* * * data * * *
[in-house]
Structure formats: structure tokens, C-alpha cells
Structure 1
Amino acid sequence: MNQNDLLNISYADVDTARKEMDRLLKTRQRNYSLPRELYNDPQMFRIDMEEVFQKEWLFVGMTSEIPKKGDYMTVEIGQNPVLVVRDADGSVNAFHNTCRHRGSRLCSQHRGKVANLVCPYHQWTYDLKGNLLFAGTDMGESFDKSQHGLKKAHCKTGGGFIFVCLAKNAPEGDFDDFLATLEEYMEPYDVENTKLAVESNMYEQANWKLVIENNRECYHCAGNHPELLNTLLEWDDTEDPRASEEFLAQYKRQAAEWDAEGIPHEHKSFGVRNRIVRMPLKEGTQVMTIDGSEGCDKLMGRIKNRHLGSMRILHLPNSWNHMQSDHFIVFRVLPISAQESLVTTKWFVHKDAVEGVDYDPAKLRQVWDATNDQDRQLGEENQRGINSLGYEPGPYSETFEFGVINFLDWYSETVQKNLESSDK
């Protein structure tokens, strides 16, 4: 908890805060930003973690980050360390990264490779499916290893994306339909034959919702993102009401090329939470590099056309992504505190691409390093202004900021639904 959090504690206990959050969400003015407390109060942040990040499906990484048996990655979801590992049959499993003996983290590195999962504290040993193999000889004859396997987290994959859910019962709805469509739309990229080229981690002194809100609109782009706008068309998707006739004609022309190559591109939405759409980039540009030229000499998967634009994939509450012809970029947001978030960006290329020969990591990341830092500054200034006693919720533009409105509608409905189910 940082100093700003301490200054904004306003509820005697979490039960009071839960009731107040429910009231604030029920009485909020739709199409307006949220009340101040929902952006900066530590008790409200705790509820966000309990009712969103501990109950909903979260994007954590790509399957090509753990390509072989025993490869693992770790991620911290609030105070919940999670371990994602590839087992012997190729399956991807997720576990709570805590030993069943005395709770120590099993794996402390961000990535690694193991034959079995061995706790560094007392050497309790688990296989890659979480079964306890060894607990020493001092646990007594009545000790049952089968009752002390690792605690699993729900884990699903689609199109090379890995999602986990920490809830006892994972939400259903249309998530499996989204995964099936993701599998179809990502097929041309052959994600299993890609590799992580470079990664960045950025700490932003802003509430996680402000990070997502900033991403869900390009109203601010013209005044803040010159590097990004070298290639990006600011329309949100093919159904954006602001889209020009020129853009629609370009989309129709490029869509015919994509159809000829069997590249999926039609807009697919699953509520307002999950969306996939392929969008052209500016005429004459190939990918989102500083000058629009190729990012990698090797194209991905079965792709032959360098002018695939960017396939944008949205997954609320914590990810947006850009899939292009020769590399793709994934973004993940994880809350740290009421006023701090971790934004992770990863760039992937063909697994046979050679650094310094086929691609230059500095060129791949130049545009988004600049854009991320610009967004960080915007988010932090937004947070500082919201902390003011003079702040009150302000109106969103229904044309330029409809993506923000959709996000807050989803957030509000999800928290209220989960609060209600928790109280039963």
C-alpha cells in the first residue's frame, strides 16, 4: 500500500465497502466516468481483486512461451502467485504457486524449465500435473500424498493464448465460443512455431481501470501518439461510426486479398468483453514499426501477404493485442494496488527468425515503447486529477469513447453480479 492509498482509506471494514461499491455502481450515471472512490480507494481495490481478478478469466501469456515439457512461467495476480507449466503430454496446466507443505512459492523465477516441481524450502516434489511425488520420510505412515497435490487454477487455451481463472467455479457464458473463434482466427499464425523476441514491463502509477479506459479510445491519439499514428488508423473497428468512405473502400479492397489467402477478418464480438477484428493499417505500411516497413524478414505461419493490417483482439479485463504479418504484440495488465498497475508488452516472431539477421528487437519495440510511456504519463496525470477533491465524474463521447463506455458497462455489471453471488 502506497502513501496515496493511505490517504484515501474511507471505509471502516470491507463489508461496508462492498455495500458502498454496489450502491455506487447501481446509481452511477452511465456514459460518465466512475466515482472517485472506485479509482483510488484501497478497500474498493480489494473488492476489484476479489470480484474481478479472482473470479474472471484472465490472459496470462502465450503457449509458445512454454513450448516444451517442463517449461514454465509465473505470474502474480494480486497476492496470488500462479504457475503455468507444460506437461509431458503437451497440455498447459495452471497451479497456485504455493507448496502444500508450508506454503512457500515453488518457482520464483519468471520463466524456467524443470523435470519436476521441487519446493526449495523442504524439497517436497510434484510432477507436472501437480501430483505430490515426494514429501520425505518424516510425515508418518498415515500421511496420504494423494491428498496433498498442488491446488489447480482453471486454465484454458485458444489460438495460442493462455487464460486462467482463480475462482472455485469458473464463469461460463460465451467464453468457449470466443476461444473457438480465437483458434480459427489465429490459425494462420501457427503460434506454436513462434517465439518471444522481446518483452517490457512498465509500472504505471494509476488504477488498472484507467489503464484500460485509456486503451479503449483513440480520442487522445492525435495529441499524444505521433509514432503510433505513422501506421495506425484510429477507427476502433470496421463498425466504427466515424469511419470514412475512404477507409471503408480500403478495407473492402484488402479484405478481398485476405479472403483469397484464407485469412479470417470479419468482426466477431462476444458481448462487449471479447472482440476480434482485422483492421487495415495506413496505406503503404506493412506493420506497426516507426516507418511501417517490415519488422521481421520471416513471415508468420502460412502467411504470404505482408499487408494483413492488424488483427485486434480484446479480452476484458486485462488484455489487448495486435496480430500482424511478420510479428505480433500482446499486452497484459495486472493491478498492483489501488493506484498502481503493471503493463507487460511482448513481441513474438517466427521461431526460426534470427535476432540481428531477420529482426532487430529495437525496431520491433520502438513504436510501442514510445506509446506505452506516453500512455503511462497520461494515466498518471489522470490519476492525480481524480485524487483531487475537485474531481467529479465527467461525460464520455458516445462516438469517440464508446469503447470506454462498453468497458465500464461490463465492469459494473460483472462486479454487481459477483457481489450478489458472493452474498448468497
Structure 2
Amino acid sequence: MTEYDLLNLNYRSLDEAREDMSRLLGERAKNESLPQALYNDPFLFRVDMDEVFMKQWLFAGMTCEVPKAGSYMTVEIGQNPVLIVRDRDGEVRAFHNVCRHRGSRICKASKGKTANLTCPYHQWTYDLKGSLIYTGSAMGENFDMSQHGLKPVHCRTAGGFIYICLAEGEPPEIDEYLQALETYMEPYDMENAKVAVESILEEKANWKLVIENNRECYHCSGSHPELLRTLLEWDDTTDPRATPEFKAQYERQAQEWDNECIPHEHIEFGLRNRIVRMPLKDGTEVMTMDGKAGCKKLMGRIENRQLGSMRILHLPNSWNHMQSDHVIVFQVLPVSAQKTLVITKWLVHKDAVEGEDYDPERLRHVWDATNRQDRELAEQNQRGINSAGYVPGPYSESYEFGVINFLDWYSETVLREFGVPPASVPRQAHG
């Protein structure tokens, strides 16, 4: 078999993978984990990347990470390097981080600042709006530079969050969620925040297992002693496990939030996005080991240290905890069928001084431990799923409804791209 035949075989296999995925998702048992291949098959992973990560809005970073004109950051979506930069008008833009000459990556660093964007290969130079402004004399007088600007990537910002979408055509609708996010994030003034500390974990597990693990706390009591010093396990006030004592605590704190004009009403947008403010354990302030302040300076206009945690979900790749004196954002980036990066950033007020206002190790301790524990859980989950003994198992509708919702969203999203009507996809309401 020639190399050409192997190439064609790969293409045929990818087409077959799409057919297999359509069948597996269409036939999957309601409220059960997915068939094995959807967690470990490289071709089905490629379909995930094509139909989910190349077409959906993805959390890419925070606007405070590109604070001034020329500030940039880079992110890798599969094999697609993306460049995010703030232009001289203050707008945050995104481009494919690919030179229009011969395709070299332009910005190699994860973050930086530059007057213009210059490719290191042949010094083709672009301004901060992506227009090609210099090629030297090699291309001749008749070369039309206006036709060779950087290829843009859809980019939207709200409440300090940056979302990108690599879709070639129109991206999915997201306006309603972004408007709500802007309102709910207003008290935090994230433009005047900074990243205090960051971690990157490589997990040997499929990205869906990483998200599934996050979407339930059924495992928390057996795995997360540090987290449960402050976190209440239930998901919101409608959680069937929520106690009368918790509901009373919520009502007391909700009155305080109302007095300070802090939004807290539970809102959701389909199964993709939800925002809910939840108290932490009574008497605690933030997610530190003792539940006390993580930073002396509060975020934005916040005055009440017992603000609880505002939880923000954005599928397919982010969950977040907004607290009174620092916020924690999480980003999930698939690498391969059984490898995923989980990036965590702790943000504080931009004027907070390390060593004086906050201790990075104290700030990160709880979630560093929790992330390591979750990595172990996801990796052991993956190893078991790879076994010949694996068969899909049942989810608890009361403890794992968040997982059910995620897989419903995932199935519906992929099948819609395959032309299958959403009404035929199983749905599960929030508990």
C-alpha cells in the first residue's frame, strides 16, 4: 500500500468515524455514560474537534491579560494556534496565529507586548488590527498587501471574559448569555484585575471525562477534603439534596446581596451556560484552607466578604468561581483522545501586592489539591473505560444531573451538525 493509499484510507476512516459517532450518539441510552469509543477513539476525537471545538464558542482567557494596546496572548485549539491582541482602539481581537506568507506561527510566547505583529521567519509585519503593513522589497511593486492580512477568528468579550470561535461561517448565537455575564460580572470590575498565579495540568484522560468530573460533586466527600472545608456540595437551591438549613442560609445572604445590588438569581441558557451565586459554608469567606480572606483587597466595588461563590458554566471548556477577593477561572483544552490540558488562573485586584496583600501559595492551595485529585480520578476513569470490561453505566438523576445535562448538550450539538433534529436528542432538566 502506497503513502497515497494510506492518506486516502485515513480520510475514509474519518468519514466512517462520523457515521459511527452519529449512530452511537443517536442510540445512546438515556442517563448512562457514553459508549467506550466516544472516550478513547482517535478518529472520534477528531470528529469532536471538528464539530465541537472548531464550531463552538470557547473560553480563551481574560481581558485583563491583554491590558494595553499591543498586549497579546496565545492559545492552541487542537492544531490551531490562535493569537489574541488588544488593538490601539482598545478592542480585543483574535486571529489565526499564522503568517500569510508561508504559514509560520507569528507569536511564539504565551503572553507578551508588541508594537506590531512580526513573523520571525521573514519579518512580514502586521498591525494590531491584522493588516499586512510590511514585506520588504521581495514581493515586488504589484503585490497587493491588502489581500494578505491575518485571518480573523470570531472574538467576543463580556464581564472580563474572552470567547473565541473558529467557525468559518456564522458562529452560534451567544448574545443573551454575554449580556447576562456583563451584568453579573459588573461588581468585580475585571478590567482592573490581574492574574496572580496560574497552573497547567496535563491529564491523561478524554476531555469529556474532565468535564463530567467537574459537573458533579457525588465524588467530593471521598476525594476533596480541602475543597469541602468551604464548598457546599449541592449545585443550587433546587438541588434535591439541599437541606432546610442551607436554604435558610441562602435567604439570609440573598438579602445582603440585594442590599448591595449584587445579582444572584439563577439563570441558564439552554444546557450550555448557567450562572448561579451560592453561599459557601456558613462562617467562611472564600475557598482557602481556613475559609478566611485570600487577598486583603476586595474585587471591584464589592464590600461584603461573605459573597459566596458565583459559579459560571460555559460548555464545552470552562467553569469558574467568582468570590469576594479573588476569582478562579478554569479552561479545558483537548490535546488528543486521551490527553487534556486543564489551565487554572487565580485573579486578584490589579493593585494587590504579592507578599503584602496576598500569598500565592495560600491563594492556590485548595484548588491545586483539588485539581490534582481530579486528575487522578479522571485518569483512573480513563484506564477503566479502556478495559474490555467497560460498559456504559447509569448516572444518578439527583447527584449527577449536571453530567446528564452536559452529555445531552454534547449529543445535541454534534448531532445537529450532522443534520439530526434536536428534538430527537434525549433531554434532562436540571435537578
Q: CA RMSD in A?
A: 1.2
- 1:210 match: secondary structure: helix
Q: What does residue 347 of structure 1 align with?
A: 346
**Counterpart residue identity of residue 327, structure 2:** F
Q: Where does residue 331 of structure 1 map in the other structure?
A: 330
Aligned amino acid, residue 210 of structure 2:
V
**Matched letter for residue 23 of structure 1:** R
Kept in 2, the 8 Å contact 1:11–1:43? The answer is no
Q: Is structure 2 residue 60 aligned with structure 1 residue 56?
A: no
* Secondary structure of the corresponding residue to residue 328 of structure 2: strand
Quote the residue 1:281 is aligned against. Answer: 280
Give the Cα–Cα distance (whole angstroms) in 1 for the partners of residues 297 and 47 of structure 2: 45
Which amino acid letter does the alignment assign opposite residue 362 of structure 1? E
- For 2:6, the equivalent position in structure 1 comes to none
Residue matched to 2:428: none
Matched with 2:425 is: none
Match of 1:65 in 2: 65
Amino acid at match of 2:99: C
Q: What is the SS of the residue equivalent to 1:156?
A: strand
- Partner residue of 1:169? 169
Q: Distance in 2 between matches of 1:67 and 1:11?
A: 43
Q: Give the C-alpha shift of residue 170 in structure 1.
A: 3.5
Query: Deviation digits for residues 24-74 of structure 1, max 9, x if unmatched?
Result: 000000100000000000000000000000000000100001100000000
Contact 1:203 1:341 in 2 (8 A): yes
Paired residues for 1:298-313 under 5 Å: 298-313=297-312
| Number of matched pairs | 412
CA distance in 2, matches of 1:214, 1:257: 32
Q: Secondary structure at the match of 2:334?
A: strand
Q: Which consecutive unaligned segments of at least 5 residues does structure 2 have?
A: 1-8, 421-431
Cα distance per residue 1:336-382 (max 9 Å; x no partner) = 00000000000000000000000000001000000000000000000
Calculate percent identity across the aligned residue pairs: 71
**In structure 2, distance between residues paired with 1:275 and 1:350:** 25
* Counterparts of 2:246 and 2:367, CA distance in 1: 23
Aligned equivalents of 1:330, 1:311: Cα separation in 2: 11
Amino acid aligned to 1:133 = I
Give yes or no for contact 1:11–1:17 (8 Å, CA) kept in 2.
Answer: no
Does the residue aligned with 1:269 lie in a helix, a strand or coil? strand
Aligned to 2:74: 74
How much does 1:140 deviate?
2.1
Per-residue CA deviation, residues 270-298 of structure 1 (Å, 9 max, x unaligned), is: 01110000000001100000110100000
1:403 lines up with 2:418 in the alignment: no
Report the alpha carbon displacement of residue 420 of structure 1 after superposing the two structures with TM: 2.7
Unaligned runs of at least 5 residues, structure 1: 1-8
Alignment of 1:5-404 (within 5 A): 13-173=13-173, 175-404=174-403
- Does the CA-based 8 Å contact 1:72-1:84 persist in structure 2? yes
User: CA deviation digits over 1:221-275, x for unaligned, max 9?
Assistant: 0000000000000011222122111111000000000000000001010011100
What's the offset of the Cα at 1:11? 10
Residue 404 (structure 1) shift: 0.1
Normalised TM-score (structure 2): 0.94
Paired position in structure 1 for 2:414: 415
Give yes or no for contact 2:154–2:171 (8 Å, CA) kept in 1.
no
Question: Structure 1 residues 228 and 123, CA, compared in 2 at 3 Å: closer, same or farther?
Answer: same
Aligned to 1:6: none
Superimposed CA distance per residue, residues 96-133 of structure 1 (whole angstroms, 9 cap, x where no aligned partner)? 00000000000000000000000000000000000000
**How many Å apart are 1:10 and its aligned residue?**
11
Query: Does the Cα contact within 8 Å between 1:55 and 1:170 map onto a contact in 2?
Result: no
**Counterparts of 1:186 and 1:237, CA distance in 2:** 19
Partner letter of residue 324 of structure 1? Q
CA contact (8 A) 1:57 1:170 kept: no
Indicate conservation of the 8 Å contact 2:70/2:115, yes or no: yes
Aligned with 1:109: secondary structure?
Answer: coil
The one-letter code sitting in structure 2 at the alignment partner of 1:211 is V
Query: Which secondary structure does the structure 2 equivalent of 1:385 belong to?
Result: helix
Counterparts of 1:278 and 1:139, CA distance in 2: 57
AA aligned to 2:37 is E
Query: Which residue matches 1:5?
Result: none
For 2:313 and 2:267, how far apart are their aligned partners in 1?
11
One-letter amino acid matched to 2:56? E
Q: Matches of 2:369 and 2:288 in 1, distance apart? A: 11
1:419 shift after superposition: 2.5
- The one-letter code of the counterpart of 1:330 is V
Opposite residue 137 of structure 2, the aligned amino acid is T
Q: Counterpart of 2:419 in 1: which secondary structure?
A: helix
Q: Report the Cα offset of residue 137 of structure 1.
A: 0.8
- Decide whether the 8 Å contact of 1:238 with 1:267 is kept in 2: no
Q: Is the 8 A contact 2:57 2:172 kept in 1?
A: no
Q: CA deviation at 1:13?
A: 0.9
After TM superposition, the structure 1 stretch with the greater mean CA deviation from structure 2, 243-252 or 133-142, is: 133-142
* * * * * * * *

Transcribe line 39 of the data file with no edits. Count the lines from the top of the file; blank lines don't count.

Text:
Q: Give the C-alpha shift of residue 170 in structure 1.